As I did, Cuatto read the 19th century novel in school. I saw how Hawthorne lit the scenes and laid out the tableau, says the American literature graduate. It fit perfectly for a ballet.
I missed that part.
More literature is in store for the 2004-05 season, when Cuatto plans to stage Washington Irvings The Legend of Sleepy Hollow.
She also hopes to stage an original version of Mary Louise Alcotts Little Women for the 2005-06 season. Getting modern, she also considers adapting a science fiction story.
Clearly, Cuatto is making her mark on a company formed in the likeness of its founding artistic director, Ed Stewart, whose early death in July, 2002, left a void.
This December, she will debut her staging of the Nutcracker. Her translation, she says, harkens back to the original and makes the story clearer.
The Legend of Sleepy Hollow opens the 2004-05 season in October, near Halloween.
Thats not a coincidence. Cuatto says the way the story lends itself to special effects and its magical elements will draw a younger crowd.
Opening up the ballet to new audiences is one of her goals.
Dancing is a great way to communicate, she says. Ive traveled around the world and used dancing to talk to people I would never have been able to converse with otherwise.
She believes a diverse repertoire, new interpretations of standards and inspiring students with a lifelong passion for dance as the keys to success.
It takes three to five years to build an audience, she says, but she believes the results will be worth the wait.
Says Cuatto: I want to build a solid professional company of national prominence that lends a voice to Marylands culture.
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Bay Baseball Returns
With its carnival flavor, minor-league ball hurries the season
The scent of hot-dogs and beer. The sight of kids lined up against the railings gloves and programs extended for autographs. The restless chatter of the crowd. The sound of ball pounded into leather. All are welcome signs of spring and the return of baseball.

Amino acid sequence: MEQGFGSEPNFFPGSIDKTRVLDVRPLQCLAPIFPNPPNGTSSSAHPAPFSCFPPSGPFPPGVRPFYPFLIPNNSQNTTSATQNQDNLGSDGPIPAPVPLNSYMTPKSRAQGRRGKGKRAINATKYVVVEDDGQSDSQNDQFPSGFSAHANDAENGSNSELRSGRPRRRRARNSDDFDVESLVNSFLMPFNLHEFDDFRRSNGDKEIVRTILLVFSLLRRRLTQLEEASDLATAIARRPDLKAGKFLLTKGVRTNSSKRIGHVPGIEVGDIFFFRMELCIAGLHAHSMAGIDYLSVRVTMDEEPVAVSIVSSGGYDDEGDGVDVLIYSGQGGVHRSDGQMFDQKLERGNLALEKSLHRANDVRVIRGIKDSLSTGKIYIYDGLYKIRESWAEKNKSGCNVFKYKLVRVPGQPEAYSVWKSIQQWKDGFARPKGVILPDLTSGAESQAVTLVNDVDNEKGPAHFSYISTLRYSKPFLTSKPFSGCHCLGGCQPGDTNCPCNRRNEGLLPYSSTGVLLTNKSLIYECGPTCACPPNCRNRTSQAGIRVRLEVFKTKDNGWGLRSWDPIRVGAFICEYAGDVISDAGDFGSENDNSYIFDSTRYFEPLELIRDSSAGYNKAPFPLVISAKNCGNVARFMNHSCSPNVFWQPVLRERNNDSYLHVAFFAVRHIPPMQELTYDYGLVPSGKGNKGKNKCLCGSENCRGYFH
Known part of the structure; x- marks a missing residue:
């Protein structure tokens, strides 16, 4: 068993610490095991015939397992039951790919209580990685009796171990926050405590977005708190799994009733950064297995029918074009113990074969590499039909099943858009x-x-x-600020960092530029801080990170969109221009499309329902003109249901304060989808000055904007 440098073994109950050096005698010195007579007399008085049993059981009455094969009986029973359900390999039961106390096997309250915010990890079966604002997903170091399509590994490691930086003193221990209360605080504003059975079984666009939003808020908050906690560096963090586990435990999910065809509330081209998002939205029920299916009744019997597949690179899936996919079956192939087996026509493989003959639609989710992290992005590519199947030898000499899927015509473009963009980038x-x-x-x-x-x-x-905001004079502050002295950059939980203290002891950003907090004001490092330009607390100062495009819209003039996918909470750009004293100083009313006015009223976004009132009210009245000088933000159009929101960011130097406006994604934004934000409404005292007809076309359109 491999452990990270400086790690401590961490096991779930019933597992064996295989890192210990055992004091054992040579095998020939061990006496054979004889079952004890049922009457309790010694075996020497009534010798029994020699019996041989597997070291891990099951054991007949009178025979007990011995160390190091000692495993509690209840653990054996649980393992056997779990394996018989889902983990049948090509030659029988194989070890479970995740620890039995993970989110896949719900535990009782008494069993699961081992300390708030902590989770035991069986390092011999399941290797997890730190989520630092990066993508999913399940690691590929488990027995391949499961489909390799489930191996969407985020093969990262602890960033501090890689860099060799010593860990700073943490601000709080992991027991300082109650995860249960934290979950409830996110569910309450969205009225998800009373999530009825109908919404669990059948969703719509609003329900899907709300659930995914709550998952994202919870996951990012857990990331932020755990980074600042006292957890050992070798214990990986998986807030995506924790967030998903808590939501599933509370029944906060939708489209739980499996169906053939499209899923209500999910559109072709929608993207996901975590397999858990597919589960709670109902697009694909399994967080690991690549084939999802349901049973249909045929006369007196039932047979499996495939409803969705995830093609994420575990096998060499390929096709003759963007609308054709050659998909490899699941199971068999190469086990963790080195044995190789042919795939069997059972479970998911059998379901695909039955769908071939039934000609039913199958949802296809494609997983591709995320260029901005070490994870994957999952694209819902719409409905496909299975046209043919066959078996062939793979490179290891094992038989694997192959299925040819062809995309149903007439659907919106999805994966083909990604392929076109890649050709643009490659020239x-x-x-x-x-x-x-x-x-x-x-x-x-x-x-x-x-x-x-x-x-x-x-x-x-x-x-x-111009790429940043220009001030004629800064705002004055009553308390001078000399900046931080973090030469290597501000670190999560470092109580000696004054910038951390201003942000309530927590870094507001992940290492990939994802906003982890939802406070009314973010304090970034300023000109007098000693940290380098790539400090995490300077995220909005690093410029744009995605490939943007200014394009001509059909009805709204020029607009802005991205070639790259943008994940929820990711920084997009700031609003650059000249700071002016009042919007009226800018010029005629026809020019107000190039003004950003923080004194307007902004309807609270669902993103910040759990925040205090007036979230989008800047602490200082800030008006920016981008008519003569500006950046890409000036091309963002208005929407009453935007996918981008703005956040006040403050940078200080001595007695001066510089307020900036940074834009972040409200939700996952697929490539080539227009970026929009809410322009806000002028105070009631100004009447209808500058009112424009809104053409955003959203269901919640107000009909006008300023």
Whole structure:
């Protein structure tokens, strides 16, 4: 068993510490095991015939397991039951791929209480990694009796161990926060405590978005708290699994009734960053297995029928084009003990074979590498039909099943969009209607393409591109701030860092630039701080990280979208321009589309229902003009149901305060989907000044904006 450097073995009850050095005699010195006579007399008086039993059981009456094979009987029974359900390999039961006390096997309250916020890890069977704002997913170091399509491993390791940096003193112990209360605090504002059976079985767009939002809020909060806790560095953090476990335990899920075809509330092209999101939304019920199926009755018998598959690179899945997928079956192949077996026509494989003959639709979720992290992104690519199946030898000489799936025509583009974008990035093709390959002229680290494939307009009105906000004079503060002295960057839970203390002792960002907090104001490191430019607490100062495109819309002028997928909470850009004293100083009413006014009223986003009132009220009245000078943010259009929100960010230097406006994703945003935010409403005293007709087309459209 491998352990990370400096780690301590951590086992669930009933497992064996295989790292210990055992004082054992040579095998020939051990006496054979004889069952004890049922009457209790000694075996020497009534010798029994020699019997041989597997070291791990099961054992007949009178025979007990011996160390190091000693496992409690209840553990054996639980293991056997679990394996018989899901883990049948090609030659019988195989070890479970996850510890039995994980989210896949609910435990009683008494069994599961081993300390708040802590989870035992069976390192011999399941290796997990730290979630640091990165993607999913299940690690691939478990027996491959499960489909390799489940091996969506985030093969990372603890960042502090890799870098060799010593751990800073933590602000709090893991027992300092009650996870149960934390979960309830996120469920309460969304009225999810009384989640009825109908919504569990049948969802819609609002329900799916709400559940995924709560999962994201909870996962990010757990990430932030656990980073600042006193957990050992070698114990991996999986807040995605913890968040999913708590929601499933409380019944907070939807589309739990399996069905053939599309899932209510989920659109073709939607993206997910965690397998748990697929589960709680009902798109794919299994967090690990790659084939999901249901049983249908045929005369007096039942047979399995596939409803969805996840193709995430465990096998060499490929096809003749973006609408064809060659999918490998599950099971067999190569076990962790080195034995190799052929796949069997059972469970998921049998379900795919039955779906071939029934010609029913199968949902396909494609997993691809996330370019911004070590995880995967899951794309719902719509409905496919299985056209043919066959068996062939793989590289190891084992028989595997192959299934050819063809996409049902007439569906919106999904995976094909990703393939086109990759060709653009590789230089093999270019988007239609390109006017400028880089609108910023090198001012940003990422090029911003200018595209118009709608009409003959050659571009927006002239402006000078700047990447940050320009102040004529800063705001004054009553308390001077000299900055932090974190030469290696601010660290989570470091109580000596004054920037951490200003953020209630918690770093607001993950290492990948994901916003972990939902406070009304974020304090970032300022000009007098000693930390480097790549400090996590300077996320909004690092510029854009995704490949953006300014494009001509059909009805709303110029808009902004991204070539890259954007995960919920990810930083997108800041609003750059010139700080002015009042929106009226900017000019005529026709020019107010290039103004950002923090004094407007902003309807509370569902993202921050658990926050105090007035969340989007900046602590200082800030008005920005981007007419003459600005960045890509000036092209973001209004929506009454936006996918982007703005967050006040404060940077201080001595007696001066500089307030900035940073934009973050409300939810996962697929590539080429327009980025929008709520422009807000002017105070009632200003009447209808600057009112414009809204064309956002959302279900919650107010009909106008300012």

Off Route 301 in Bowie, the Baysox opened their 2004 Eastern League season Thursday April 8 in grand minor-league tradition: with hope for the future and off-the-wall fanfare.
Maryland finalist in the Ms. Latina USA Pageant escorted the players onto the field before the national anthem. Fans get to play with Sprock-It, an intelligent, interactive robot.
They also got a game versus the Harrisburg Senators, a Montreal Expos affiliate
The Baysox are the Double A affiliate of the Baltimore Orioles. Double A is the second step in the ladder that young players climb to make it to the major league. Its also where some major leaguers come to work on skills or to rehabilitate from injuries.
This year the Baysox are led by four prospects with high hopes to reach the majors, as Matt Riley a starter on the Orioles roster who pitched in 14 games last year for the Baysox did.
|Pitcher Denny Bautista.
Pitcher John Maine, rated as the number-two prospect in the Orioles organization by Baseball America, is slated to start opening day.
Rated as the fifth highest prospect is pitcher Denny Bautista, cousin of future Hall of Fame pitcher Pedro Martinez of the Boston Red Sox. If pitching is hereditary, fans in Bowie are in a for quite a treat.
Also in the lineup for second-year manager Dave Trembley is first baseman Walter Young, rated as the best power hitter in the Orioles organization and the 2002 Player of the Year in the Pittsburgh Pirates farm system.
Shortstop Jose Morban, who spent most of last season riding the bench for the Orioles, is expected to hone his skills as an everyday starter for the Baysox before making his way back into the big leagues.
He didnt get a lot of playing time in Baltimore last year, said Orioles farm director Darrell Rodgers. His bat never got going. But we look forward to him having a full minor league season.
These and 20 hopeful major leaguers will join team Mascot Louie and a very busy promotions department to warm Bowie Baysox fans even if opening day feels like winter.
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Roedowns 30th Run